Home » Once turbulent Dhaleswari now cropland

Once turbulent Dhaleswari now cropland

by Khan Helal

The dried-up bed of once turbulent Dhaleswari river at different places in Tangail is being used for cultivation. Local farmers are using the river beds for cultivating different crops including paddy and vegetables.

In some places, there is still some flow but it is so polluted that it cannot be used for any purposes including irrigation to crop fields.

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Vehicles, including sand-laden ones, are seen plying on the dried-up riverbeds.

The Dhaleswari river is a 160-kilometer-long distributary of the Jamuna river. It starts off the Jamuna near the northwestern tip of Tangail district.

After that it divides into two branches; the north branch retains the name Dhaleswari and merges with the other branch, the Kaliganga river at the southern part of Manikganj district. Finally, the merged flow meets the Shitalakshya river near Narayanganj district.  The combined flow goes southwards to merge into the Meghna river.  

During a recent visit, it was seen that the bed of the once turbulent Dhaleswari river has turned into a green pasture with crops– including paddies, mashkalai, and peanut etc– at different places in Sadar and Delduar upazilas.       

Several villagers including Saiful Islam of Char Pakulla and Jahangir Alam of Mahmud Nagar said once upon a time, the depth of river was lot; boats used to ply during the dry season also. But now the river has almost died due to siltation and lack of water from upstream. Water remains on the river only during the wet season for three to four months.

As a result, the local people cultivate paddies and vegetables on its dried-up bed, they said.   

Not only Dhaleswari but also most of the rivers in the district show similar pictures during the dry season as silting and pollution are leading them to gradual death. 

Most of the rivers in Tangail district are heading towards the same destiny as the riverbeds remain waterless for nearly half of the year.

The main rivers in Tangail district are Jamuna, Dhaleswari, Jhenai, Bonshai, Louhajang, Elengjani and Bairan.

The rivers were full of a variety of fish while ships, launches, big merchant boats piled the rivers that had strong flow throughout the year only about four decades ago, said several senior citizens.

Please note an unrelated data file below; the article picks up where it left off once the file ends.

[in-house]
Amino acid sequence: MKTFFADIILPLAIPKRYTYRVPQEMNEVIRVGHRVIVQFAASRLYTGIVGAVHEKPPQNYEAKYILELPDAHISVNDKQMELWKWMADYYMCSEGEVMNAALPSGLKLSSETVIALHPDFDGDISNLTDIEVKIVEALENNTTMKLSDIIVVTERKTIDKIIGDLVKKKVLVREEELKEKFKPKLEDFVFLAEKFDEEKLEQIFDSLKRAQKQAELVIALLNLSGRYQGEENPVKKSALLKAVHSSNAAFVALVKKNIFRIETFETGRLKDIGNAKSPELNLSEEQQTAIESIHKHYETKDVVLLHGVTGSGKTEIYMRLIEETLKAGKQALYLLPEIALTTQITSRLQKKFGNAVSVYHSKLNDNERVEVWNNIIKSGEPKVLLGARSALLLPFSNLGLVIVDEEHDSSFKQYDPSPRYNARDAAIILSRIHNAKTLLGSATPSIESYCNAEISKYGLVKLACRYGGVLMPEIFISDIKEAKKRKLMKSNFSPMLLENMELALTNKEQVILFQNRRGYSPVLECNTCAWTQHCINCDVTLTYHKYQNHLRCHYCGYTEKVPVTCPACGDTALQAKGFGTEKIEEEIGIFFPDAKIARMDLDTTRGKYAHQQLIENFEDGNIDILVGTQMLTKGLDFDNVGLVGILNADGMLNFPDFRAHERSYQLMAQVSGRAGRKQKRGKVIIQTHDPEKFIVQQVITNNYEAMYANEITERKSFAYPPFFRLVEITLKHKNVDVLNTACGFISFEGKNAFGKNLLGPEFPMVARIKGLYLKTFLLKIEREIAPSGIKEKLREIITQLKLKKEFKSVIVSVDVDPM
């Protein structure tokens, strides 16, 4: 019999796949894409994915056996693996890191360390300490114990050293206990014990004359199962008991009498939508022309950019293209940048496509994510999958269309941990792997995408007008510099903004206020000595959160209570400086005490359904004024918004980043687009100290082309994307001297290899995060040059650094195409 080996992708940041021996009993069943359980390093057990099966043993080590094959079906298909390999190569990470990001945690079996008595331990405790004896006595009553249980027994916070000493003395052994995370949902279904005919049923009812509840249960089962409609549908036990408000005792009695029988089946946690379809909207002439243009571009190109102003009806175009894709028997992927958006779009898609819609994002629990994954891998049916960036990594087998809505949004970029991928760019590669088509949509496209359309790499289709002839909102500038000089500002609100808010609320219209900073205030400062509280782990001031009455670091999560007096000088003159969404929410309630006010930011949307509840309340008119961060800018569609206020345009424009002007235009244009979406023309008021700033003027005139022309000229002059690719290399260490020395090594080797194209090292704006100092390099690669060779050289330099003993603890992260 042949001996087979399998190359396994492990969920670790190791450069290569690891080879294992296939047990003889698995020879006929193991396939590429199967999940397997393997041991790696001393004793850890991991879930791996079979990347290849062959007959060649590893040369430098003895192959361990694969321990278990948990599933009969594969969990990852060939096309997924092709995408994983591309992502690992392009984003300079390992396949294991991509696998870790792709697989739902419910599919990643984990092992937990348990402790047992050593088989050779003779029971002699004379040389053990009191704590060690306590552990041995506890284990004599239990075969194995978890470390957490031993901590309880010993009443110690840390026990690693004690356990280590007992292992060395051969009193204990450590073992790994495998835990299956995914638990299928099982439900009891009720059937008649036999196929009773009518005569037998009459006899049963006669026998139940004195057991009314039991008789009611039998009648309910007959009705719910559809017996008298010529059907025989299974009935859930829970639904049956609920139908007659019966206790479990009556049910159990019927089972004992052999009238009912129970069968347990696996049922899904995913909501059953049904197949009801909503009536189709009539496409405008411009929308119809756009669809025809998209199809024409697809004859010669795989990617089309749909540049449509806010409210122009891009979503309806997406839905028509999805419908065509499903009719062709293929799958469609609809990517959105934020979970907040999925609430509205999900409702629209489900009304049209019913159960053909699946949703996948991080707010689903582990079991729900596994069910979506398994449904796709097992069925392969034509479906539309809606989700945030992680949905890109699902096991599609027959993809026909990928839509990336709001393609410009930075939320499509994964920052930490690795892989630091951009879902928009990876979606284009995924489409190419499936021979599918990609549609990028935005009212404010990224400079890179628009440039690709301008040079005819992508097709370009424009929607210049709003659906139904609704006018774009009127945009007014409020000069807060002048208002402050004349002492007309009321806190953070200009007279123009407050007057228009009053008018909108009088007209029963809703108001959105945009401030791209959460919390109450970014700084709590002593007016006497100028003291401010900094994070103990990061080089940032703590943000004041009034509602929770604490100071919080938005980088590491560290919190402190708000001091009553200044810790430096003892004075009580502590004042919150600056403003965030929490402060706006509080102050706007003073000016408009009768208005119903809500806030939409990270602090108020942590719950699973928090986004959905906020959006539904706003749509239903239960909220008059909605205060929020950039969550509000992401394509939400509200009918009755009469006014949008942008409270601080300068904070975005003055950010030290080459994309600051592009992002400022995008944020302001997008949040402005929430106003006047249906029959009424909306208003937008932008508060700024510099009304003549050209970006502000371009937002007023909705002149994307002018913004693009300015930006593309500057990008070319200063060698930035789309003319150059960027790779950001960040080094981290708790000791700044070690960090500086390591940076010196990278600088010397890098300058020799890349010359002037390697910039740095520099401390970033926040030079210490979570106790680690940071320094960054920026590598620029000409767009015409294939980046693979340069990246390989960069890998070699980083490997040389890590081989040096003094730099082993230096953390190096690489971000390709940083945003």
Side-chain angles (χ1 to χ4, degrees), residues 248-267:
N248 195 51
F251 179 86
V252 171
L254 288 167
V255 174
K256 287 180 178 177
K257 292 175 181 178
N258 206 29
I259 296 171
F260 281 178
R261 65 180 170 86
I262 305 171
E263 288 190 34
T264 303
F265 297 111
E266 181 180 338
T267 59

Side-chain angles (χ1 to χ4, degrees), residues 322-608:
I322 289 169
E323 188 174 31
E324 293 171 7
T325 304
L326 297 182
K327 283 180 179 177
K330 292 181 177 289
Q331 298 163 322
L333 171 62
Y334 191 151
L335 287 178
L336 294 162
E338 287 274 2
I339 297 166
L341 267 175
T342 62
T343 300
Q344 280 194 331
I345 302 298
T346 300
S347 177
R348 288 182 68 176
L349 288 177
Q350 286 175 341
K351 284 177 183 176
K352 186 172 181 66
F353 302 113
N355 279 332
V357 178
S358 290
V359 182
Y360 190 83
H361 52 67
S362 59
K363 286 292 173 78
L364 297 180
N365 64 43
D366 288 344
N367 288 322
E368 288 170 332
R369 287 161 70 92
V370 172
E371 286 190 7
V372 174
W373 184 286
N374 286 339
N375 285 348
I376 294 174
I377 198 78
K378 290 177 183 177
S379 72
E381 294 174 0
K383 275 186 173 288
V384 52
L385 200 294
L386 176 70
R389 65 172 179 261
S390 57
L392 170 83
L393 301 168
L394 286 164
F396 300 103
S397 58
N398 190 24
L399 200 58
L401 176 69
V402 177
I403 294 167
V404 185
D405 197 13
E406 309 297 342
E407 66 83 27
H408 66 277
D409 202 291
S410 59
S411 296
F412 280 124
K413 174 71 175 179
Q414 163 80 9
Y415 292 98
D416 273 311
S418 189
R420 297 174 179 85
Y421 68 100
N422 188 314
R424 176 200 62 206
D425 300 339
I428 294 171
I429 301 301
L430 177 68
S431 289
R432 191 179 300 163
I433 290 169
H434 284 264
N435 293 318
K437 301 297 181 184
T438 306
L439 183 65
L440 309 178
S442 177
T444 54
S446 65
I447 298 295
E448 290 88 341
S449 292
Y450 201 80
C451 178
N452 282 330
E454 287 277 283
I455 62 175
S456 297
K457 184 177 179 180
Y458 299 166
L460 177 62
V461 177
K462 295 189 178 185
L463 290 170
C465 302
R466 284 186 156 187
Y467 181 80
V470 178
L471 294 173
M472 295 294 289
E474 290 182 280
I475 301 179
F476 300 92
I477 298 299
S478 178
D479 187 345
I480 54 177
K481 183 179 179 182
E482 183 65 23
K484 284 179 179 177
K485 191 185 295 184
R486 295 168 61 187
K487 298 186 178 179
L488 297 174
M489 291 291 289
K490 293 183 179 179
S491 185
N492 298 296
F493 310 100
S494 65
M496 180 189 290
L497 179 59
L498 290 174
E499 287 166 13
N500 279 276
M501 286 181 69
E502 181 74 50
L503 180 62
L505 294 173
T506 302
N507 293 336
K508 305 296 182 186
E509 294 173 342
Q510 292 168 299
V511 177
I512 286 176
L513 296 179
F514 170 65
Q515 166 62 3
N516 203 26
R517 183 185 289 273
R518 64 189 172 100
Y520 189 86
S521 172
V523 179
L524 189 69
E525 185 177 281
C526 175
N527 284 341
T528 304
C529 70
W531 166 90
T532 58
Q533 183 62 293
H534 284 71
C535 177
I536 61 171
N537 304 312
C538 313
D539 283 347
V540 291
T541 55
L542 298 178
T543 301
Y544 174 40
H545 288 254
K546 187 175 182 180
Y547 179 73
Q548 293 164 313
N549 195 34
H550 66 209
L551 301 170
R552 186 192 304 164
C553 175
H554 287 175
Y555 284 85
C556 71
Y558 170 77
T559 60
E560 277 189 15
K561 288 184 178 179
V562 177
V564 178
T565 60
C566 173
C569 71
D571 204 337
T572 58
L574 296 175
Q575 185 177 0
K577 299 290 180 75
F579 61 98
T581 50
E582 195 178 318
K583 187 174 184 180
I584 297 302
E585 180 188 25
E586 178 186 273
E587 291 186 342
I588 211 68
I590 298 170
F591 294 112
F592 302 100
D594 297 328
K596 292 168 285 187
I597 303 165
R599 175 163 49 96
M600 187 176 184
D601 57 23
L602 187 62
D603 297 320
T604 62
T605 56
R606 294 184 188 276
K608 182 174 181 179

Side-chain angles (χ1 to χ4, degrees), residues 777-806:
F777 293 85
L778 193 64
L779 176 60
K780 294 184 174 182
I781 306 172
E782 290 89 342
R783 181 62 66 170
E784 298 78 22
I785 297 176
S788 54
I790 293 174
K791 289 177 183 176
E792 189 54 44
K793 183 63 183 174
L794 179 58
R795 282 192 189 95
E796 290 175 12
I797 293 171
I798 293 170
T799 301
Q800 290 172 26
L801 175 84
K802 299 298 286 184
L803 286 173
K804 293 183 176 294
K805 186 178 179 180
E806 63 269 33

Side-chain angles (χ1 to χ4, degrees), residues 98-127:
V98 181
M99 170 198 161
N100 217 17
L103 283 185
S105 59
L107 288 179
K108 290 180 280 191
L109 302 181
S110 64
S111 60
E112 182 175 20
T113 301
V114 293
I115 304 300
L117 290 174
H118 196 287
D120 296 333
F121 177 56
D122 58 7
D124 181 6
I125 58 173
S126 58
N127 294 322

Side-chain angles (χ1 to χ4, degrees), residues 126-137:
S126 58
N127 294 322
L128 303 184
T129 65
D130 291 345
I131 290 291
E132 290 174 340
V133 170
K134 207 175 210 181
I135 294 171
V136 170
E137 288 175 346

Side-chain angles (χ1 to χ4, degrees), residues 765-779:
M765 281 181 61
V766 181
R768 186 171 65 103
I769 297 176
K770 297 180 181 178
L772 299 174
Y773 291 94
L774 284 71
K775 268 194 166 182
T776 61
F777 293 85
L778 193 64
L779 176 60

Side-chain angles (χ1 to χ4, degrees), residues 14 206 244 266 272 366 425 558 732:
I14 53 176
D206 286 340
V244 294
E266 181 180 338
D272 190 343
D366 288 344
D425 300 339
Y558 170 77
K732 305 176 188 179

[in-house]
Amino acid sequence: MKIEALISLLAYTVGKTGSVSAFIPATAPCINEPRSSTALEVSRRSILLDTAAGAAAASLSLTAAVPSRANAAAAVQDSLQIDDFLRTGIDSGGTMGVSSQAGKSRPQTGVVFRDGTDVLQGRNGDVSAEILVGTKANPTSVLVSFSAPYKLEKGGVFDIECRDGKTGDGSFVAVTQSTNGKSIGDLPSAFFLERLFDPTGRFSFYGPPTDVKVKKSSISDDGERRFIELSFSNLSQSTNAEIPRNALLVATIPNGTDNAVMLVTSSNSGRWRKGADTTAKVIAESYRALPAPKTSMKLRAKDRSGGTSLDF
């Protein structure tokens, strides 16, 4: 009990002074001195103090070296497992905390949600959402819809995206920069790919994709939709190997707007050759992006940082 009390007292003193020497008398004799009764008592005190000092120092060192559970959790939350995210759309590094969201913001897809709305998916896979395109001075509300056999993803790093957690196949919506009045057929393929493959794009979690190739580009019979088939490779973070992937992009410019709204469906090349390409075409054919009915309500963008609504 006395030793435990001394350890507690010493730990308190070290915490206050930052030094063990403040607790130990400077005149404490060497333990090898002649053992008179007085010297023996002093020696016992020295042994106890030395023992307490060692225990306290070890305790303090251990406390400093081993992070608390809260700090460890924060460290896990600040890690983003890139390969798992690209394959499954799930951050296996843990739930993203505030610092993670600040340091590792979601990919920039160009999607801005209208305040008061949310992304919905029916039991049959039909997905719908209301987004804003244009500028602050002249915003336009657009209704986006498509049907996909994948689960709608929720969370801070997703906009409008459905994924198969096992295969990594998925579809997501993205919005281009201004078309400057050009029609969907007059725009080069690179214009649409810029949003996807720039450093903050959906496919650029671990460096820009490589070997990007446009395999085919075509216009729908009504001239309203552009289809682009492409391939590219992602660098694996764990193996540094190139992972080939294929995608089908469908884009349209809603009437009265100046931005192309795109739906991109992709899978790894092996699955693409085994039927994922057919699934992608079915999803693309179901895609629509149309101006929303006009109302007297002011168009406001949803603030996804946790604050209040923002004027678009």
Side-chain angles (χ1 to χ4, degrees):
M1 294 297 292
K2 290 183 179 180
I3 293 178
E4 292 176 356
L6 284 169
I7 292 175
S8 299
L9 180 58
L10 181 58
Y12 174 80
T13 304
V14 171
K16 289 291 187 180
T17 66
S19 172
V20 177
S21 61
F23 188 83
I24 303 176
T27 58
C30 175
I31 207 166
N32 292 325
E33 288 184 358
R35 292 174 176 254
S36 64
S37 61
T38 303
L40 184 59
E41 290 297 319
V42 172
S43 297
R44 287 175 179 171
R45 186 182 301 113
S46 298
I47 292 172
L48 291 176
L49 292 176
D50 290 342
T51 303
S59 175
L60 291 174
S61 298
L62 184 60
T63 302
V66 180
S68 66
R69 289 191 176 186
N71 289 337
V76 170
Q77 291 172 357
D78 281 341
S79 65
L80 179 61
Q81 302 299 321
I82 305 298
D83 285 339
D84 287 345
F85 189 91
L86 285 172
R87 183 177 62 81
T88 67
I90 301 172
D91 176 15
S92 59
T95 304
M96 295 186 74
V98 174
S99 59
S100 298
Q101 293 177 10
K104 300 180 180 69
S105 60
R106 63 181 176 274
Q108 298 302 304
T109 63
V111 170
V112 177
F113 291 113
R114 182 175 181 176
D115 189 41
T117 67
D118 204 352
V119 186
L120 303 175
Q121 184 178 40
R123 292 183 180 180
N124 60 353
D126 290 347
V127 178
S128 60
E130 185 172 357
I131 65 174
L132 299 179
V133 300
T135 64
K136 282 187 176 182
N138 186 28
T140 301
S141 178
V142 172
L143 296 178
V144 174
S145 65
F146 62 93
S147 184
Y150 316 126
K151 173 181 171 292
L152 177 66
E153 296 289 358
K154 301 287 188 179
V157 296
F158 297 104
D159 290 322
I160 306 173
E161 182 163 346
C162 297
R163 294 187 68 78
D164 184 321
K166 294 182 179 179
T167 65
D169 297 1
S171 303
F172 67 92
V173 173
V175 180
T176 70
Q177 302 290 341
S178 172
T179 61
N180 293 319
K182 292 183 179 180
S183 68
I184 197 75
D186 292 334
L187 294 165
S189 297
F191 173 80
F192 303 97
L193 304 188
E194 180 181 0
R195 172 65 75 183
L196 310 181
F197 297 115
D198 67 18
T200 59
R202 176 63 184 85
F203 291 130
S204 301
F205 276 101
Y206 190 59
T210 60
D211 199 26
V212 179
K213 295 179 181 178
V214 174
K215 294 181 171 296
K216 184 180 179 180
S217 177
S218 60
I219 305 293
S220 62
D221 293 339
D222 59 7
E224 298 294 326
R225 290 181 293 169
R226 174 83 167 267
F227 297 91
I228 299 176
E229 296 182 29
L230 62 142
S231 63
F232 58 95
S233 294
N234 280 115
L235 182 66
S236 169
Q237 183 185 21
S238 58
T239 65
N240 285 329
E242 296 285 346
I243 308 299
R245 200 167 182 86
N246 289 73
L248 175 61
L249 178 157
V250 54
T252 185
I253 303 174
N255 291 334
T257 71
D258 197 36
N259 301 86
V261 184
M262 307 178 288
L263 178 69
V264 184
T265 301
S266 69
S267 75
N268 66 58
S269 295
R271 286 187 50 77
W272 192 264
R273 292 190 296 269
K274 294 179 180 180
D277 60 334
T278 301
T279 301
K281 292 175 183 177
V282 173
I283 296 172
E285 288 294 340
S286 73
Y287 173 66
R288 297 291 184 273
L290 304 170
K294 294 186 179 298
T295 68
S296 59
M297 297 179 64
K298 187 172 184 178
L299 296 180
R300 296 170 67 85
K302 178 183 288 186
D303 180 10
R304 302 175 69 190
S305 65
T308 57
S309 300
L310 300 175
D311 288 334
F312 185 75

River ways were used as means of easy and cheap transportation of goods to from and the district, they said.

Big merchandizing boats laden with thousands of maunds of jute from different districts came to the ghats of different rivers in the district, including Elasin Ghat on the Dhaleswari river in Delduar upazila and Nolin Ghat on the Jamuna river in Gopalpur upazila as many governmental and non-governmental jute purchase centers were set up there.

But all these are past stories and now boats can ply on the rivers during the rainy season. As only a little water is available during half of the year, the river transportation system in the district is in a disarray.

International water expert engineer SI Khan, a resident of Basail upazila in the district who had worked at the United Nations, said that the amount of water flow in Jamuna River has reduced a lot due to withdrawal of water from the upstream.

The situation affects other rivers in the district including the Dhaleswari that has also silted up and as a result, their water containing capacity has greatly reduced, he added.

Riverside fishermen and boatmen communities, who are mainly dependent on the rivers for their livelihood, are the direct victims of drying up of the rivers during the ongoing dry season.

The rivers now see very little fish resources as their sanctuaries have been destroyed.

Syed Irfanul Bari, general secretary of Bangladesh Chapter of the International Farakka Committee, also blamed withdrawal of water from upstream by constructing dams including at Tibet by Chaina and at Assam by India for the sorry state of the domestic rivers.   

He also said although most of the rivers in Tangail are dying but no step is yet to be seen to save them. Besides losing navigability, the rivers are victims of mindless pollution and grabbing by the influential quarters.

Sanowar Hossain, lawmaker in Tangail Sadar, said they have already talked to the Water Resources Ministry in this regard. The several rivers including Dhaleswari, Louhajang and Jhenai were divided in three categories–A, B and C. The Dhaleswari river was kept in A category.

The excavation of the river and also the works to construct the bank protection embankment will be done as soon as possible, he said.

Goutam Chandra Chanda, a senior research officer of Bangladesh Environment Lawyers Association (BELA), however, said the main problem is restraining water flow on Jamuna river during the dry season from the upstream. The river also needs excavation and it is so costly.



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